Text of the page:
The scars of the second broken promise aren’t as visible, but they run much deeper and, if anything, weigh even more heavily on Israeli thinking. Israelis still obsessively pay attention to global public opinion, but the broad center of Israeli politics no longer is moved by expectations of global support.
It was a sobering experience. There has, in the last twenty years, emerged among the Israeli Left a healthy cynicism about the motivations of much of what passes for “criticism of Israel,” as well as about how much that “criticism” can be an argument for or against any policy.
The two disappointments together may have eviscerated the old pro-Oslo Left electorally, but they have also rendered the policy debate in Israel altogether more mature. Israel will take the steps it needs to protect its security and long-term viability, but not because of a fantasy of pacific intentions from its enemies or the accusations of its critics, but because it will be the strategically and morally right thing to do.
In later years, slowly, gradually, without any announcement or fanfare, the Intifada receded into memory, and life returned to a kind of normalcy. Security checks at restaurants and event halls became cursory and then disappeared altogether, as did fences around sidewalk cafes.
But the lessons of the two broken promises would not be forgotten.
IV. For Palestinians, a Delayed Reckoning
The Palestinians, too, took some time to understand the meaning of the events of that spring. By that point, the Intifada was already well into its second year, and it was clear even then that it was a costly affair. It was also clear that statehood, which could have been achieved in final status talks in 2000, had been put off indefinitely.
It would take a few years for the Palestinians to understand the magnitude of their defeat. By the end of 2002, the IDF was operating freely throughout the West Bank, including in Area A. A massive fence was soon under construction, making access to Israel more difficult and reversing decades of economic integration between Israelis and West Bank Palestinians. By the end of 2004, Arafat was dead (from illness) and most of the leaders of various militant groups were either dead (by assassination) or in prison.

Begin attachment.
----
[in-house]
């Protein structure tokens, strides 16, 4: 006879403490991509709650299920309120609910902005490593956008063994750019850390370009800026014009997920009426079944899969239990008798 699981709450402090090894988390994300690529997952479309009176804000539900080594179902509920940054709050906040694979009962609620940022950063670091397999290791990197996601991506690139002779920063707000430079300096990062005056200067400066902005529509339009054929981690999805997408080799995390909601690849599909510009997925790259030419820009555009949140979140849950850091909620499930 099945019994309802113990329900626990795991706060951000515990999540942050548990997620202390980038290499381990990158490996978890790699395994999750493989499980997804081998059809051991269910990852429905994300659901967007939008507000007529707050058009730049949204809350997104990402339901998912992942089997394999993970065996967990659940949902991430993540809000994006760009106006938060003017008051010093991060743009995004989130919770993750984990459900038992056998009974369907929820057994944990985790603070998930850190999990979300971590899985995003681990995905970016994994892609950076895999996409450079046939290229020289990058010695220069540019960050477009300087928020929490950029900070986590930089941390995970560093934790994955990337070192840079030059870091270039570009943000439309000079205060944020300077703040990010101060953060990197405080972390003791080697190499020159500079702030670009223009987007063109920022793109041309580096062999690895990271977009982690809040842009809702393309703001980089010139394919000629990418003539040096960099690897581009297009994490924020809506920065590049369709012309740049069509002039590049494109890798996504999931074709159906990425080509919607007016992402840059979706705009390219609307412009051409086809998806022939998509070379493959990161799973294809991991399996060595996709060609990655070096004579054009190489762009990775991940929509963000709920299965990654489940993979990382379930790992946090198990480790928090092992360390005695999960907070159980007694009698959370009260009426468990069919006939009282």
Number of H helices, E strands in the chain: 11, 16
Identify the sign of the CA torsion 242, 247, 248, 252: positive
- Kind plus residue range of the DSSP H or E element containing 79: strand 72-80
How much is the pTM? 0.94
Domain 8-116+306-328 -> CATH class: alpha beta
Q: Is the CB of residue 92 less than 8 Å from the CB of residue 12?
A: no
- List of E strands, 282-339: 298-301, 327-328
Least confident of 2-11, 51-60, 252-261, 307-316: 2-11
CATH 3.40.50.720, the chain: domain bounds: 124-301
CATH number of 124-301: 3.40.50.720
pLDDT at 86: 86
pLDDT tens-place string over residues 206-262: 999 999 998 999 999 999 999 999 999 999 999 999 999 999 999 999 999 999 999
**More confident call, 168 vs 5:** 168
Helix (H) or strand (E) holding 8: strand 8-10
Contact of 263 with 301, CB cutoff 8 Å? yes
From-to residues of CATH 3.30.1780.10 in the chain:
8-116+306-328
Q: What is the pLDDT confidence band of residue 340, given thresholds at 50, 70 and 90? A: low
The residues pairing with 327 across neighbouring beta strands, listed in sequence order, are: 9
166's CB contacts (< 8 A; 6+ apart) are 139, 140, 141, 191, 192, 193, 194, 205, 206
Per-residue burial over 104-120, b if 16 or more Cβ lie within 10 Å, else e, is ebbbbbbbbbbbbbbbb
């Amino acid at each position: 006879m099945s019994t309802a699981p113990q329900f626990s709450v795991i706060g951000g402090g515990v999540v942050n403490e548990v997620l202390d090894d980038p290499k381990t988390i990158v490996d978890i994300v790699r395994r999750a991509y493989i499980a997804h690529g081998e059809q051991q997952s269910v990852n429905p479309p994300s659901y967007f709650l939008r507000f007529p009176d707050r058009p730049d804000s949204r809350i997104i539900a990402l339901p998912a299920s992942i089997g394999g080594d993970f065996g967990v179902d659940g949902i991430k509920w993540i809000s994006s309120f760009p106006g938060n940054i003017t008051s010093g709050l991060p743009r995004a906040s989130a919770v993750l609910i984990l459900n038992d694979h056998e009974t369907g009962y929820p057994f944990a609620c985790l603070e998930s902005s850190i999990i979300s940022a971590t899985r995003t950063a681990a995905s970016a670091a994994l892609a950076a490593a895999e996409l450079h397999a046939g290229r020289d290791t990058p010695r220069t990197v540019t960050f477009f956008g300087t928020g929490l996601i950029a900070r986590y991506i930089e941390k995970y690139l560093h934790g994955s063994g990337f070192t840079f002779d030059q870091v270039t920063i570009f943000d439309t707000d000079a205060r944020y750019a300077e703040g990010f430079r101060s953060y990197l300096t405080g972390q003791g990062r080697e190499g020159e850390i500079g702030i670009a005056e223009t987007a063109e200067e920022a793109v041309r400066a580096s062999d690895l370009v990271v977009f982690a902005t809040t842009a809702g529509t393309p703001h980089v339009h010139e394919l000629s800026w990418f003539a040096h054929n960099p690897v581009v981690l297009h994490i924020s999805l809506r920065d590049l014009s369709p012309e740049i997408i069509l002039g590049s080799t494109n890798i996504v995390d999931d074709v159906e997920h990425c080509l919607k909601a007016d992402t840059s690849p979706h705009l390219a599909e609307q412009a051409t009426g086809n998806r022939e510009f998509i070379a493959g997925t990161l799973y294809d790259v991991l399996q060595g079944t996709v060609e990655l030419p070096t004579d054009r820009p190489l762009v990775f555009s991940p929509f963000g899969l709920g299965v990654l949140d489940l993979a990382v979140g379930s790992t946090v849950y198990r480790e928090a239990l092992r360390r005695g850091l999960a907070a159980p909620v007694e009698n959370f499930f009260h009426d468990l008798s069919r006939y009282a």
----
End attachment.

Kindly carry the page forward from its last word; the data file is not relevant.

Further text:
The rejection of statehood and descent into suicidal violence had yielded absolutely nothing positive for the Palestinian cause. Oslo had brought them the first ever Palestinian Arab self-rule and government. Palestinian passports were issued as were Palestinian postage stamps. An international airport was built and operated in the Gaza Strip. An armed force, referred to technically as a “police” force, was established under Palestinian control. Diplomatic legations opened in both Ramallah and Gaza City (a small number of these even called themselves “consulates” and “embassies”). Elections were held in the West Bank and Gaza, and even East Jerusalem Palestinians were allowed to participate, despite East Jerusalem not being in the territory allotted to the Palestinian Authority. International investment and development aid were showered on the Palestinians at a per capita rate unseen anywhere else in the world.
These were not just the symbolic trappings of statehood. They led, in fact, to final status talks at which statehood was offered in exchange for a full peace with Israel — and rejected.
V. War Has Consequences
History does not spread evenly across a surface. It has periods of plodding stability and bursts of irrevocable change. The bleak reality of Palestinian politics is mostly the outcome of three very different Arab-Israeli wars which broke out in 1947, 1967 and 2000.
The first was a year-long total war between two national communities, fought village by village and town by town, whose belligerents included militias, guerrillas and eventually standing armies. The second, in 1967, was a rapid war between modern, conventional armies across three fronts fought, for the most part, distant from civilian populations. And the third, beginning in 2000, was a long struggle between assorted militias and civilians as well as the armed forces of a state-in-the-making and an occupying army.
Each one of these wars was preceded by bellicose rhetoric from the Arab side and almost unbridled enthusiasm for a fight, with few if any dissenting voices. Each ended in a catastrophic defeat and with the memory of the pre-war ecstasy completely effaced, replaced with a feeling of victimhood and a genuine memory of having come under unprovoked attack.
And here we are, twenty years after the third catastrophe. It is gutting to realize that in 2000 there were no significant dissenting voices to the Palestinians’ decision to refuse peace with Israel and instead launch a violent campaign of suicidal terrorism, where suicide was not just a means, but something of a metaphor for the whole endeavor. It’s depressing to realize that even now, two decades after the climax of that campaign, there is still no significant voice – not even an unpopular voice of dissent – to articulate why, or even that, it was a mistake.
And it is maddening that in the broader community of pro-Palestinian activism in the West, this view is simply non-existent.
Quite the opposite: The idea that the final defeat of Israel is near if we just wish for it hard enough has never had more purchase on the pro-Palestinian intellectual discourse. With each glossy new report accusing Israel of being an inherently criminal enterprise; with each gushing proclamation of the “new” idea of a possible one-state solution (which is neither a solution, nor new, nor possible), the path to liberation grows longer and more treacherous.